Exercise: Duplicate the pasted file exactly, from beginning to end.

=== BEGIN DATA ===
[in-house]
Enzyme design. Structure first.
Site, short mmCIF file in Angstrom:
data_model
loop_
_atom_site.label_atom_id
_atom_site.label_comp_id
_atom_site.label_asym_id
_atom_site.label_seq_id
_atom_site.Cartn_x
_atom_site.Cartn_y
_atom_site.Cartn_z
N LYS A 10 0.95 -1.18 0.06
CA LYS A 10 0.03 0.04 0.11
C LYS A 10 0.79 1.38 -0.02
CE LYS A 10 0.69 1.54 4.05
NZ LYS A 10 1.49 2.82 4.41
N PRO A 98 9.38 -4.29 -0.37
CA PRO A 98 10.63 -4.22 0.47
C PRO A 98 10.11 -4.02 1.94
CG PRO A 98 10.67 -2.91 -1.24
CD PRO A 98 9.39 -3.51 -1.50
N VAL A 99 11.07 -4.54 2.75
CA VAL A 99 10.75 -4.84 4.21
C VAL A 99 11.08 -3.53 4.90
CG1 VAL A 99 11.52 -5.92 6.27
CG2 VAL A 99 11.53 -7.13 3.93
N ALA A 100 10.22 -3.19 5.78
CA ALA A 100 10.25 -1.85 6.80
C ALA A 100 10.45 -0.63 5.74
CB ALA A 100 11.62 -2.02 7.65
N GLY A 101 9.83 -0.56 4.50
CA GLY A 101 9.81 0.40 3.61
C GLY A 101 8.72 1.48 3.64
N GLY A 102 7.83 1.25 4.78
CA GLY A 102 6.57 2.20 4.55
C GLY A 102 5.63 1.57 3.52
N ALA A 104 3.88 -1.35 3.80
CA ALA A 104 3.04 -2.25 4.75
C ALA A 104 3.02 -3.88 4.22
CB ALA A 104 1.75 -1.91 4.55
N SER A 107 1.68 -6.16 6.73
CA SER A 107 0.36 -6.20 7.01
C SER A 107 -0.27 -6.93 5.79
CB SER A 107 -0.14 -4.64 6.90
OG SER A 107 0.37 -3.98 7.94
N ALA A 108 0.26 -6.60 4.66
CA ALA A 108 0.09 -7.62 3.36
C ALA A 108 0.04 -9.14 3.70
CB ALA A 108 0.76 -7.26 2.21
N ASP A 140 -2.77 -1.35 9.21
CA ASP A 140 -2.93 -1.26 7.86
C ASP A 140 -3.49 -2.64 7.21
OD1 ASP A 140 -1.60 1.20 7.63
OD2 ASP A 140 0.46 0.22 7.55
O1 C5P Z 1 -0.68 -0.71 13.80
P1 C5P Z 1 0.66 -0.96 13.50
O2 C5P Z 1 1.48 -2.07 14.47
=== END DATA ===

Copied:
[in-house]
Enzyme design. Structure first.
Site, short mmCIF file in Angstrom:
data_model
loop_
_atom_site.label_atom_id
_atom_site.label_comp_id
_atom_site.label_asym_id
_atom_site.label_seq_id
_atom_site.Cartn_x
_atom_site.Cartn_y
_atom_site.Cartn_z
N LYS A 10 0.95 -1.18 0.06
CA LYS A 10 0.03 0.04 0.11
C LYS A 10 0.79 1.38 -0.02
CE LYS A 10 0.69 1.54 4.05
NZ LYS A 10 1.49 2.82 4.41
N PRO A 98 9.38 -4.29 -0.37
CA PRO A 98 10.63 -4.22 0.47
C PRO A 98 10.11 -4.02 1.94
CG PRO A 98 10.67 -2.91 -1.24
CD PRO A 98 9.39 -3.51 -1.50
N VAL A 99 11.07 -4.54 2.75
CA VAL A 99 10.75 -4.84 4.21
C VAL A 99 11.08 -3.53 4.90
CG1 VAL A 99 11.52 -5.92 6.27
CG2 VAL A 99 11.53 -7.13 3.93
N ALA A 100 10.22 -3.19 5.78
CA ALA A 100 10.25 -1.85 6.80
C ALA A 100 10.45 -0.63 5.74
CB ALA A 100 11.62 -2.02 7.65
N GLY A 101 9.83 -0.56 4.50
CA GLY A 101 9.81 0.40 3.61
C GLY A 101 8.72 1.48 3.64
N GLY A 102 7.83 1.25 4.78
CA GLY A 102 6.57 2.20 4.55
C GLY A 102 5.63 1.57 3.52
N ALA A 104 3.88 -1.35 3.80
CA ALA A 104 3.04 -2.25 4.75
C ALA A 104 3.02 -3.88 4.22
CB ALA A 104 1.75 -1.91 4.55
N SER A 107 1.68 -6.16 6.73
CA SER A 107 0.36 -6.20 7.01
C SER A 107 -0.27 -6.93 5.79
CB SER A 107 -0.14 -4.64 6.90
OG SER A 107 0.37 -3.98 7.94
N ALA A 108 0.26 -6.60 4.66
CA ALA A 108 0.09 -7.62 3.36
C ALA A 108 0.04 -9.14 3.70
CB ALA A 108 0.76 -7.26 2.21
N ASP A 140 -2.77 -1.35 9.21
CA ASP A 140 -2.93 -1.26 7.86
C ASP A 140 -3.49 -2.64 7.21
OD1 ASP A 140 -1.60 1.20 7.63
OD2 ASP A 140 0.46 0.22 7.55
O1 C5P Z 1 -0.68 -0.71 13.80
P1 C5P Z 1 0.66 -0.96 13.50
O2 C5P Z 1 1.48 -2.07 14.47